Reprinted from the Outer Banks Voice
The North Carolina Supreme Court said Currituck County will not have to pay $39.1 million in a long-running legal dispute with Virginia Beach, Virginia, developer Chip Friedman and others over a proposed commercial development in the four-wheel-drive area of the Currituck Banks.
In the decision released Friday, high court justices agreed with last October’s ruling by the state Court of Appeals to set aside entry of default and vacate a default judgment delivered by Superior Court Judge Milton Fitch in April 2016 ordering the county to pay Swan Beach LLC $39.1 million in civil damages.
“The county is pleased with the Supreme Court’s decision, which we believed would be the result,” said Dan Scanlon, Currituck County manager. “The county looks forward to proceeding with the trial court’s determination of the plaintiff’s claims, which are outrageous and without merit.”
Swan Beach LLC and other plaintiffs alleged the county has discriminated against them by not allowing them to commercially develop property they own in the four-wheel-drive area of Currituck’s northern Outer Banks.
The property was purchased in the 1960s and platted for a mixture of commercial and residential development. The county’s zoning ordinances have evolved over time and now only allow for residential development in the four-wheel-drive area, which has no paved roads.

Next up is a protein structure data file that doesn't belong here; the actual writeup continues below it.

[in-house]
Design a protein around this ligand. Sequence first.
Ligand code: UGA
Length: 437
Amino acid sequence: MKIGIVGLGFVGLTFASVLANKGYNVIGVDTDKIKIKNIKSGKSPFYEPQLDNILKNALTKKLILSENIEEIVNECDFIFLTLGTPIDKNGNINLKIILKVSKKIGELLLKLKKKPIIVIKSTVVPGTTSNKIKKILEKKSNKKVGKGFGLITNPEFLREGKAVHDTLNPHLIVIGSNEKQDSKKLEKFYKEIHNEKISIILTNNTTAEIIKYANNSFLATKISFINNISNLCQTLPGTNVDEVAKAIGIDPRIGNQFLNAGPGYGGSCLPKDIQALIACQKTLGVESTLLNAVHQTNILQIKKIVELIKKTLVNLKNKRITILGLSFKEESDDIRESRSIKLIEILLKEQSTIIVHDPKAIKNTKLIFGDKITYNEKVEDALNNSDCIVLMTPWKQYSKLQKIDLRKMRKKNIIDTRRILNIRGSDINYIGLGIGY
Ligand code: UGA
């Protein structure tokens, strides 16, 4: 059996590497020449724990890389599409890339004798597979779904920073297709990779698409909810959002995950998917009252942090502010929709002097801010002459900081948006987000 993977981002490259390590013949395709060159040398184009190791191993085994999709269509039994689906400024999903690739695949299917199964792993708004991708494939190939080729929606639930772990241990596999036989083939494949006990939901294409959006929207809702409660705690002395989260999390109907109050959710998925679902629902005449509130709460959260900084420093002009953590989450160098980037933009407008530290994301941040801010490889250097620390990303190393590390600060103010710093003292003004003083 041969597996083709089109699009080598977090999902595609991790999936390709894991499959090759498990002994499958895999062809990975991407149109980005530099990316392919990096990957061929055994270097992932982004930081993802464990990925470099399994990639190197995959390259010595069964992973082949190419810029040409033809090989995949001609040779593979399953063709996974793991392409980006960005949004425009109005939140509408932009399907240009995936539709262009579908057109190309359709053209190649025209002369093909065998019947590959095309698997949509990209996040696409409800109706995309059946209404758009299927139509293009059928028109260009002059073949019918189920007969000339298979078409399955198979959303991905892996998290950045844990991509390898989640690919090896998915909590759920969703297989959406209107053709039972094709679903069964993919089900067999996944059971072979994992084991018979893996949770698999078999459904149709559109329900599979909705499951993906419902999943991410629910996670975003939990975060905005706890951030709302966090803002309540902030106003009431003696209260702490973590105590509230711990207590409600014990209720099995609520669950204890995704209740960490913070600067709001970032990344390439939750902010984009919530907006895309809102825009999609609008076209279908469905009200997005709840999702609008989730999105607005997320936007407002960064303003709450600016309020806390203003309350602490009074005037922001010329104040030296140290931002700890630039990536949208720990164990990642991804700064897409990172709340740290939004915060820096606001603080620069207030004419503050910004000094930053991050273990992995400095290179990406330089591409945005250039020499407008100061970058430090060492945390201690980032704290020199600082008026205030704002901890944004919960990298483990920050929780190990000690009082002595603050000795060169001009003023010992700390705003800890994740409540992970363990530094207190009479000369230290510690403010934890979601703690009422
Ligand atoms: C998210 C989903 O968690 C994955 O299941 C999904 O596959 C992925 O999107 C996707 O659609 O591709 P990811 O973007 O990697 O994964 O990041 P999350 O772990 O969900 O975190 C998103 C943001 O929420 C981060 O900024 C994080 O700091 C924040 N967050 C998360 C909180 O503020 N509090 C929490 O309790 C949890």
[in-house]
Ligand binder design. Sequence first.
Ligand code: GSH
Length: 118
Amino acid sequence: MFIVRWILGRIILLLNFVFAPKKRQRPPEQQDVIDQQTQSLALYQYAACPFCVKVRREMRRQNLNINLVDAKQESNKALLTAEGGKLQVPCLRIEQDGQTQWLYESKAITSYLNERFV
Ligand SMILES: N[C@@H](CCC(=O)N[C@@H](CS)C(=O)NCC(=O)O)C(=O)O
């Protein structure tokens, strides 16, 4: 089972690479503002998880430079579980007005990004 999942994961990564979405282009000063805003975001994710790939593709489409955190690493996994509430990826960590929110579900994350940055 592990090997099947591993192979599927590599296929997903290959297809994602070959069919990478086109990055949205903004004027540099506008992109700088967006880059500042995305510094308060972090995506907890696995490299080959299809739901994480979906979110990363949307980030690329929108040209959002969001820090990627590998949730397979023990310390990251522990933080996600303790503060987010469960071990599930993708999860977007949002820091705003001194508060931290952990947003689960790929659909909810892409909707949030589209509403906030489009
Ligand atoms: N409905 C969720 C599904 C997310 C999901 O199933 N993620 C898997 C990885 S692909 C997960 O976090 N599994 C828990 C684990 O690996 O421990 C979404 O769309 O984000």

The plaintiffs assert that they should be allowed to develop the land based on the way it was zoned when they purchased it, and they would not have spent money preparing the land for development if they had known it would not be allowed.
According to the lawsuit, in the 1960s, the county asked the property owners to delay commercial development until there was enough residential development to support it, which they did in good faith.The county passed its Unified Development Ordinance in 1989, and at some point, the property was zoned as RO2, or essentially residential, with a few allowed business uses, such as marinas and campgrounds. Since then, the plaintiffs have approached the county several times seeking permits for commercial and business uses, including a hotel, cottages, a convenience store and a restaurant, and each has been denied.
The suit also alleged the county had discriminated against the plaintiffs because they were from out of state and Jewish.
In its news release on Friday, the county maintained that it does not discriminate, and that the property rights of Swan Beach LLC were not violated because commercial development in the four-wheel drive area has never been allowed by county ordinance.
In 2013, a Superior Court Judge dismissed the suit, followed by the state appellate court finding some of Friedman’s claims may have had merit and sent it back to the lower court.
Attorneys for Swan Beach LLC offered to settle the suit the following year, but claimed the county missed a filing deadline. That started the series of legal maneuvers leading up to Friday’s ruling.
The case will now return to Currituck County Superior Court for determination of the merits of the plaintiff’s complaint regarding development in the off-road area.
Dee Langston and Sam Walker contributed to this report
This story is provided courtesy of the Outer Banks Voice, a digital newspaper covering the Outer Banks. Coastal Review Online is partnering with the Voice to provide readers with more environmental and lifestyle stories of interest about our coast.